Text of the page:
|Indonesia: Religious conflict and the role of our social class|
|AuthorM. Hilal… 文章CopyFromhttp://www.thejakartapost.com/news/2012/02/17/religious-conflict-and-role-our-social-class.html Hits478 UpdateTime2012-2-23  |
M. Hilaly Basya, Leeds, UK | Fri, 02/17/2012 11:16 AM
The conflict related to the establishment of a house of worship by the Indonesian Christian Church (GKI) Yasmin in Bogor has gone on for two years, but remains unfinished.
Although the Supreme Court has issued a legally-binding verdict that stipulates that the GKI congregation has the right to establish a church there, the government of Bogor insists that the resistance of Muslim groups living in the area should be respected.
I think the Indonesian government, including the religious affairs minister and the home affairs minister, is facing a dilemma. On the one hand, the government has to uphold the supremacy of law.
But on the other, it seems to be worried that supporting the GKI’s right to exist would exacerbate tensions and spread the conflict to other places.
Even President Susilo Bambang Yudhoyono is reluctant to take over responsibility to settle the controversy. On Tuesday he asked the Bogor mayor, who is part of the problem, to solve the issue.
The establishment of houses of worship is one of the obvious triggers of conflicts between Muslims and Christians. Usually some Muslims reject construction of a church in a predominantly Muslim area.
For the Muslims, it is weird that a church exists in a place where Christians are few.
Actually, the government has enforced a regulation on a mechanism to build a house of worship. The joint ministerial decree requires any religious followers who wish to build a prayer house to ask permission from surrounding people.
To a certain extent, the regulation has had relative success in preventing conflict that arose from this aspect, although there are still religious leaders from Christian or Muslim groups who are not satisfied with the decree.
However, it seems to me that the regulation does not overcome the root of the problem, which is a negative perception of Christianity in Indonesia.
I think some if not many Indonesian Muslims, especially santri (or devout Muslims in reference to Clifford Geertz’ categorization) perceive Christianity negatively.
The history of the crusades in the Middle Ages, in which religious symbols were involved, and colonialism of Muslim countries by European states where Christians make up most of the population, have resulted in the emergence
of a common belief that Christianity is an enemy.
However, it is necessary to clarify that santri’s (low) social classes and educational backgrounds have influenced their perception and attitudes towards Christianity.
As far as I am aware, santri coming from the lower classes of urban society are the most significant social element that critically responds to the establishment of churches. Religious conflicts based on this issue have mostly happened in urban areas.
Based on the Report of Religious Life in Indonesia in 2010, released by the Center of Religious and Cross-cultural Studies (CRCS) at Gadjah Mada University in Yogyakarta, religious conflicts from 2008 to 2010 mostly occurred in West Java and Jakarta’s urban areas.
Actors resisting the churches were mostly associated with “new” Islamic organizations based in urban areas, such as the Islam Defenders Front (FPI) and local mosque organizations like Forum Remaja Masjid, Forum Silaturahmi Masjid and Forum Komunikasi Muslim Bogor.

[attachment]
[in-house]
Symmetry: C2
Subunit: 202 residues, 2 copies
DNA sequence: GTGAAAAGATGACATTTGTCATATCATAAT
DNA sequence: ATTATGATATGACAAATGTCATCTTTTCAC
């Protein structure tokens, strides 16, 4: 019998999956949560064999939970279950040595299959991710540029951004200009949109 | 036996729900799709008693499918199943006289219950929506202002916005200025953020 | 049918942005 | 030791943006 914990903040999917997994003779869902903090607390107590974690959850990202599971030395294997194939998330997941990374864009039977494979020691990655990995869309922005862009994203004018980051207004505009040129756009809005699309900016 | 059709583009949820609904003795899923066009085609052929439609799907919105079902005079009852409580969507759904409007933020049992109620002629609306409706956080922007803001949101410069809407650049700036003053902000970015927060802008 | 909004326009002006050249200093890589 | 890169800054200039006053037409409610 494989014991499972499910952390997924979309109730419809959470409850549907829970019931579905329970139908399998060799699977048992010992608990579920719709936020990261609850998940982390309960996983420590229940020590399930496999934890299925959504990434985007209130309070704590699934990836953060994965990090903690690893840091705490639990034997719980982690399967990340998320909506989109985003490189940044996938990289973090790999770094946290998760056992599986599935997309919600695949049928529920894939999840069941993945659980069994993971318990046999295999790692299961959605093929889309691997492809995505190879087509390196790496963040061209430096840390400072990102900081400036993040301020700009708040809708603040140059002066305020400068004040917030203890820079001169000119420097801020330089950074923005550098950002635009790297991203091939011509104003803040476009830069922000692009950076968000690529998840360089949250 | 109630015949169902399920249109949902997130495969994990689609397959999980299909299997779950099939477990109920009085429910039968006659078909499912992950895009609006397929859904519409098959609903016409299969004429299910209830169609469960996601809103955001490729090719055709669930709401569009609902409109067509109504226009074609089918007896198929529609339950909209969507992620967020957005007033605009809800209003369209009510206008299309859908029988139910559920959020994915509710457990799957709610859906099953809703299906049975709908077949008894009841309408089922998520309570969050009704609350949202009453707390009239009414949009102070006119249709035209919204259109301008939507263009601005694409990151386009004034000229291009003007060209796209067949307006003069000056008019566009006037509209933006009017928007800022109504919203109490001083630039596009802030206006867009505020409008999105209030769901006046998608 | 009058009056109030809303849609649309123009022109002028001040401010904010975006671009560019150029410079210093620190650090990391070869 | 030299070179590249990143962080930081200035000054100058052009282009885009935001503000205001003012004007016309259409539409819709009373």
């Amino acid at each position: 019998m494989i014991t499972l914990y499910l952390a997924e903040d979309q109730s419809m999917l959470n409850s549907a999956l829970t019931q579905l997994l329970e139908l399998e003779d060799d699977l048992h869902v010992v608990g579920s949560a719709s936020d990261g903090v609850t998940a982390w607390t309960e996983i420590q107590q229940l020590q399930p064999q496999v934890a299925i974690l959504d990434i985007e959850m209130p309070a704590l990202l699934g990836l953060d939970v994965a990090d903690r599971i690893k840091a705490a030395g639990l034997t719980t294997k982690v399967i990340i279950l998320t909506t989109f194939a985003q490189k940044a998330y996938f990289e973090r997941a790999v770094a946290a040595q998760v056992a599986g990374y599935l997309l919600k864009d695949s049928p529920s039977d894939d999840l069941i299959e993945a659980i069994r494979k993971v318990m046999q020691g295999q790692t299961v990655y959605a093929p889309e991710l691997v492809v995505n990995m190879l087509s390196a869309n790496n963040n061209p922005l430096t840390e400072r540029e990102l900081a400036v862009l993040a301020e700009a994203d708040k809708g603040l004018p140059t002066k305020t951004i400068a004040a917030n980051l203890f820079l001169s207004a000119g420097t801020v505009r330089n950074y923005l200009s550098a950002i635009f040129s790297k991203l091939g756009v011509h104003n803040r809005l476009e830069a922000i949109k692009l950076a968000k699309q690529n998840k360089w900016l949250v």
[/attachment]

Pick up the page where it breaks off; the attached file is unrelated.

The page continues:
In my opinion, the lower class of urban society is the social component that is marginalized by development and modernization.
They cannot afford, and therefore lack opportunities, to continue their studies at universities. Consequently, they cannot compete with peers from the middle classes in the job market.
They may become street vendors or work in the informal sector. Hence their income is far from sufficient enough to support their family. I can say that they are victims of modernization.
In such conditions, as santri, Islamic identity is part of their dignity. They are sensitive to issues that undermine Islam. In this sense, they perceive the establishment of a church within a predominantly Muslim area as disturbing.
Sometimes, rumors of Christianization were also involved. Whether they are devout Muslims or not, they will be angry in imagining that the Islamic identity around them will be challenged by other religious symbols. Coincidently, most of them join the “new” Islamic organizations.
I agree with the government’s calls for a dialogue between the GKI and its adversaries in order to overcome the conflict. Nevertheless, the government cannot perform partial and reactive programs, as has happened in the past.
As far as I know, the government used to take action only after religious conflicts erupted. There were no significant measures to minimize the misunderstanding toward certain religions.
It is also necessary for the government to identify the socioeconomic background of those involved in the conflicts as well as their affiliation to certain Islamic organizations.
Next, the government could educate society through various programs to help them accept religious diversity and respond to sensitive issues in a wise manner. So far, they have obtained information about religious diversity mostly from conservative preachers.
Of course the government cannot work alone. They have to involve mainstream moderate Islamic organizations such as Muhammadiyah and Nahdlatul Ulama.
The writer is a lecturer at the University of Muhammadiyah Jakarta and is pursuing a doctorate from the Department of Religious Studies at the University of Leeds, UK
Fri, 02/17/2012 10:54 AM
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